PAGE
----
Melvyn Levitsky was quoted in news coverage of President Obama’s recent announcement that he and the first lady plan to travel to Cuba in March. Obama will be the first U.S. president to set foot on the island in 88 years.
Levitsky, a former U.S. diplomat, was interviewed by several news agencies, including EFE, the largest Spanish-language news wire service in the world. The EFE story featuring Levitsky was republished by nearly 60 Spanish news outlets and a handful of Portuguese outlets.
“President Obama is going to Cuba to cap off what he and his supporters believe was one of his most positive foreign policy accomplishments,” Levitsky is quoted as saying in a Miami Herald story. “While there are a number of Cuban-Americans who disagree with the re-establishment of relations with Cuba, that number is diminishing as the younger generation begins to step out front.
Obama’s planned trip has been criticized by those on both sides of the aisle who contend that Cuba’s human rights violations should preclude it from a presidential visit.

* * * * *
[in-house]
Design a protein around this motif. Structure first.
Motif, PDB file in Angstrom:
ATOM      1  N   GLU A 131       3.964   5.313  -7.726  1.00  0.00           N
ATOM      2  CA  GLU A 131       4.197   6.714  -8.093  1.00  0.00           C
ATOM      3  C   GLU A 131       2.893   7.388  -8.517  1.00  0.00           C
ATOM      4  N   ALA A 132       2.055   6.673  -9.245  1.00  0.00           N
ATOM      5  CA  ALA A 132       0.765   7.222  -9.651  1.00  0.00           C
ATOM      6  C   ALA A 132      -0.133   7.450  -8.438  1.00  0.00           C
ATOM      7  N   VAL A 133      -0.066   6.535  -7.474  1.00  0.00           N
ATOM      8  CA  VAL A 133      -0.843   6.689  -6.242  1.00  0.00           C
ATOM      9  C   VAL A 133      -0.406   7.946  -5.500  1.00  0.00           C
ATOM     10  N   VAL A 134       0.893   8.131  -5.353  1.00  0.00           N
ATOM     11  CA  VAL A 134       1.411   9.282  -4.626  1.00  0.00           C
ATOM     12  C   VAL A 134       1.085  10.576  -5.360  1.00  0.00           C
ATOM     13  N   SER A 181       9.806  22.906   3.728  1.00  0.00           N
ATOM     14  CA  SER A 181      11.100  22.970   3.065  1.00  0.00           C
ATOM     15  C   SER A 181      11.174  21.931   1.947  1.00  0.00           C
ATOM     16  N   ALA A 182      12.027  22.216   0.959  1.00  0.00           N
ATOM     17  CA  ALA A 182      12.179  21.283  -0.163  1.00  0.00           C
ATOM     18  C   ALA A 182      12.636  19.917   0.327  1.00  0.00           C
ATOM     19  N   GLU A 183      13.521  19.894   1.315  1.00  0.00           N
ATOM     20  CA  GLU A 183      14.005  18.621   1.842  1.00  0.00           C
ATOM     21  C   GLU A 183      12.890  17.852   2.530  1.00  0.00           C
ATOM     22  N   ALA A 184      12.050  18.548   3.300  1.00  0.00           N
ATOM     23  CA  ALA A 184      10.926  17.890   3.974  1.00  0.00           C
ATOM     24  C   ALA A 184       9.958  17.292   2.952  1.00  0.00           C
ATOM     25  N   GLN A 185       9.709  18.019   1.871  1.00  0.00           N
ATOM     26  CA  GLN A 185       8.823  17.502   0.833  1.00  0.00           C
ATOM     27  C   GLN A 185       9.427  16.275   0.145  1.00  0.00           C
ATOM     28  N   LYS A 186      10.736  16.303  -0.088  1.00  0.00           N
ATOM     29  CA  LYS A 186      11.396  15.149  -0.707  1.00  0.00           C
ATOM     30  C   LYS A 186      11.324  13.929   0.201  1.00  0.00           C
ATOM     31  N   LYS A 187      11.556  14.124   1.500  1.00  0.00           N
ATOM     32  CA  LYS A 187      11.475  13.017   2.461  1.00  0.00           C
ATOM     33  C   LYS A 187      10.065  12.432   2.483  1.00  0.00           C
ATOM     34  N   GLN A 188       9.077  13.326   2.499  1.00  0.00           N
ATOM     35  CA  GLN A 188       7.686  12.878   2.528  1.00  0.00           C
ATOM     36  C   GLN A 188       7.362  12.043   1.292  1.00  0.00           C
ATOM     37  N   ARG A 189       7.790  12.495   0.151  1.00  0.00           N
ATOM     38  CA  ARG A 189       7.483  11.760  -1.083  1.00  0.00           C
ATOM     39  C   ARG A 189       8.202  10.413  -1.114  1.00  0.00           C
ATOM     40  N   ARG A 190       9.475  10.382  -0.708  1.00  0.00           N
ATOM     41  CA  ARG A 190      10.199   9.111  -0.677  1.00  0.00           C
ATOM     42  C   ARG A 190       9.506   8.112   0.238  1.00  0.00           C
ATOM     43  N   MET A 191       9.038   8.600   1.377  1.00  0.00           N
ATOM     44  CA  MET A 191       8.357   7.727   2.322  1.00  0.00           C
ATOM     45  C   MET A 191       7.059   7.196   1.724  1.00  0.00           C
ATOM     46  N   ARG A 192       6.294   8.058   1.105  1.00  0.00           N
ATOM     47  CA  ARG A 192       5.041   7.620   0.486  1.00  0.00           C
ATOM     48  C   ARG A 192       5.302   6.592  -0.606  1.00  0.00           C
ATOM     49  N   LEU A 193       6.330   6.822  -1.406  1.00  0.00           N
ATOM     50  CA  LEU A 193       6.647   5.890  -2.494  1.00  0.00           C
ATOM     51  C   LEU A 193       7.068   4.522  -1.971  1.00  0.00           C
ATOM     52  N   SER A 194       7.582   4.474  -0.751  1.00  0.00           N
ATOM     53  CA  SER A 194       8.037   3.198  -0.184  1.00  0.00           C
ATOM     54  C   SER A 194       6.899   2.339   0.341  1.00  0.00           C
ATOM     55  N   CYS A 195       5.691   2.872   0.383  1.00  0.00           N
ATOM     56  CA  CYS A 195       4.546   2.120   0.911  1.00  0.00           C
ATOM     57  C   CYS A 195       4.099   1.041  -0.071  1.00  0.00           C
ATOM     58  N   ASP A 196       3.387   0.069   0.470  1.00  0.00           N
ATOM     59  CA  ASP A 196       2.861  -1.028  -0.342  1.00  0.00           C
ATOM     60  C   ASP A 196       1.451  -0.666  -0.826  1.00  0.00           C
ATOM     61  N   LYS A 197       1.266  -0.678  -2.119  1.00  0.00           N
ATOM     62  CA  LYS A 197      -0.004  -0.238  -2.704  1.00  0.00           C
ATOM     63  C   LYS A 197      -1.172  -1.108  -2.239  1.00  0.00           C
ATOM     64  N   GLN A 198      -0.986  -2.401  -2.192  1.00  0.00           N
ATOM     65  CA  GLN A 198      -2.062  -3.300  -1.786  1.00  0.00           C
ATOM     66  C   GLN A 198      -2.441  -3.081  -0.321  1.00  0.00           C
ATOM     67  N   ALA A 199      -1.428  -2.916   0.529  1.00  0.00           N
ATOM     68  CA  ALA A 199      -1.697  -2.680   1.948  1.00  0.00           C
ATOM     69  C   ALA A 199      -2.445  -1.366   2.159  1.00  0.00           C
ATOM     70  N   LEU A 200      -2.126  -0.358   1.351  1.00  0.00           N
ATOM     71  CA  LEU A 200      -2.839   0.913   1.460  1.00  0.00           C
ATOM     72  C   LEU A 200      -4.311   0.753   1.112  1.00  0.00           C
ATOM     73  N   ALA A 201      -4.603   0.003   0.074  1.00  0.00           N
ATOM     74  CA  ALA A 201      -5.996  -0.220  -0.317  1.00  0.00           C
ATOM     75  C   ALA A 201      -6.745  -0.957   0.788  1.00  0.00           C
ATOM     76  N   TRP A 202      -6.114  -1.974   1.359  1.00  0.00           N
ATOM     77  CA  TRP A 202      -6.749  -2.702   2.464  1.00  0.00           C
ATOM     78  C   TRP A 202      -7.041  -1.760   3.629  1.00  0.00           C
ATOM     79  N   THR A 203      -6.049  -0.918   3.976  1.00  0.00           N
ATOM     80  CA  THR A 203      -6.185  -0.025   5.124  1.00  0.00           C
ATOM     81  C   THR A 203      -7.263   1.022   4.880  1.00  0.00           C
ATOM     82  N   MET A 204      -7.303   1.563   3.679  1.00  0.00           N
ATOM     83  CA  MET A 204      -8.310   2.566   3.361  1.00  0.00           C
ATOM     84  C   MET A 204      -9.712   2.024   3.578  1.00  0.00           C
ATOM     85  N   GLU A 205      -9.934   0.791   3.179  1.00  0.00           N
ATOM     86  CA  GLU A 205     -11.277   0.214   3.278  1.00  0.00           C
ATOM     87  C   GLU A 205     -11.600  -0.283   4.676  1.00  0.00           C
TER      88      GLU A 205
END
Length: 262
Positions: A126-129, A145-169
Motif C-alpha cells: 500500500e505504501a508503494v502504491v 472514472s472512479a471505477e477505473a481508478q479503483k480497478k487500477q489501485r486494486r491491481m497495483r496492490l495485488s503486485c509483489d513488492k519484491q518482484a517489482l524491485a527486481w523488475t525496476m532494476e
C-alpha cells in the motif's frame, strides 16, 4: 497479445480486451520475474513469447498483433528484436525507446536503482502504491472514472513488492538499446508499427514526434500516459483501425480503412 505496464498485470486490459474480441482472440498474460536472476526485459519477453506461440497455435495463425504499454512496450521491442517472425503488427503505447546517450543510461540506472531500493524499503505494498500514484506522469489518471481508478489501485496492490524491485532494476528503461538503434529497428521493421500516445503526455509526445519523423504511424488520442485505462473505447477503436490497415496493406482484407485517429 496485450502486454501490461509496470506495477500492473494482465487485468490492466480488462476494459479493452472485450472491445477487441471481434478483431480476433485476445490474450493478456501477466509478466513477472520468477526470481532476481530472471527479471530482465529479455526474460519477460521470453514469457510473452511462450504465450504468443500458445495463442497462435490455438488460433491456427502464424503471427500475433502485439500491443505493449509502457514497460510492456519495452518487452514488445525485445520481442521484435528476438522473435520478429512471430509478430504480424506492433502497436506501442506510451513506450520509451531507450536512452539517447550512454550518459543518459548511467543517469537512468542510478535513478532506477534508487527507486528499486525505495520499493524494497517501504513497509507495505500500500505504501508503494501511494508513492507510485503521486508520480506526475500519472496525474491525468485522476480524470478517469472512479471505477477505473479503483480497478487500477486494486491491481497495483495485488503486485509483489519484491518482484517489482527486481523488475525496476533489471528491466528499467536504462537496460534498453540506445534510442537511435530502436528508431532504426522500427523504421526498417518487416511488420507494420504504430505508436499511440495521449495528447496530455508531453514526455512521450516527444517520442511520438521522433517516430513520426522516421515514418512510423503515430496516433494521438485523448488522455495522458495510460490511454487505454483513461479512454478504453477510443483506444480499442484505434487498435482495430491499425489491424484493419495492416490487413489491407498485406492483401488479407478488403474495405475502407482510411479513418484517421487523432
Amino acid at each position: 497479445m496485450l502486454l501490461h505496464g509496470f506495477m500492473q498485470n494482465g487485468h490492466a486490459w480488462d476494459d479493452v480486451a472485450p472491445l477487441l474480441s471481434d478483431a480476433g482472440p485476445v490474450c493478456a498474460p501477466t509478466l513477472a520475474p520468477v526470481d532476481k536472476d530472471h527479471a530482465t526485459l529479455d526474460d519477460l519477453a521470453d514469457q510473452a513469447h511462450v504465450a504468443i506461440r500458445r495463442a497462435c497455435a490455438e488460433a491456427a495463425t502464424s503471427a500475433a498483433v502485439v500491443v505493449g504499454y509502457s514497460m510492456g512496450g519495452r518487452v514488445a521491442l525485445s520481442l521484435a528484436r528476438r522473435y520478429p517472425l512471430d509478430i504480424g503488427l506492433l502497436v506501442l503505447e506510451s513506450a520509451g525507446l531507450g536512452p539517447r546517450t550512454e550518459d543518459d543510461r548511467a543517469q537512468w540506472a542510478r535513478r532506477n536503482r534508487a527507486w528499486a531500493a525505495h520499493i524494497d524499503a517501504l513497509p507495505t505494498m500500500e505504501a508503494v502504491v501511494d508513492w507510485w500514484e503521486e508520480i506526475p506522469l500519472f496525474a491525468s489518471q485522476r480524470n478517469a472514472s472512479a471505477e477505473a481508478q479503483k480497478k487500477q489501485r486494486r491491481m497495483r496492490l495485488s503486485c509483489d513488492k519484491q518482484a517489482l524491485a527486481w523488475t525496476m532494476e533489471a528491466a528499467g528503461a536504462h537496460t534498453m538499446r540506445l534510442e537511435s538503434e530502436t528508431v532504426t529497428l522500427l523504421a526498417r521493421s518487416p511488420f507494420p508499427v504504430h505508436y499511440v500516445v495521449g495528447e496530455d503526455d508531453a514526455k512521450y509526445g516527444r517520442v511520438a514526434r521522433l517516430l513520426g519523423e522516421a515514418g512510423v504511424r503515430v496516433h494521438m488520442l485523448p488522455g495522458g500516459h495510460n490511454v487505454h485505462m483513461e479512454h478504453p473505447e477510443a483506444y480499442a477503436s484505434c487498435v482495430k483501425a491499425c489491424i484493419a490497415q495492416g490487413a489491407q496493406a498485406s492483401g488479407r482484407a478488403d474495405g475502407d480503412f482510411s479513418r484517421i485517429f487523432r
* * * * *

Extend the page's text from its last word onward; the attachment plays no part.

Approximately 20 MPP students will spend a week in Cuba during spring break to engage with policymakers as part of the Ford School’s International Economic Development Program.
Melvyn Levitsky is a professor of international policy and practice at the Gerald R. Ford School of Public Policy and a retired career minister in the U.S. Foreign Service. He spent 35 years as a U.S. diplomat, including as ambassador to Brazil, executive secretary of the State Department, ambassador to Bulgaria, and deputy assistant secretary of state for human rights.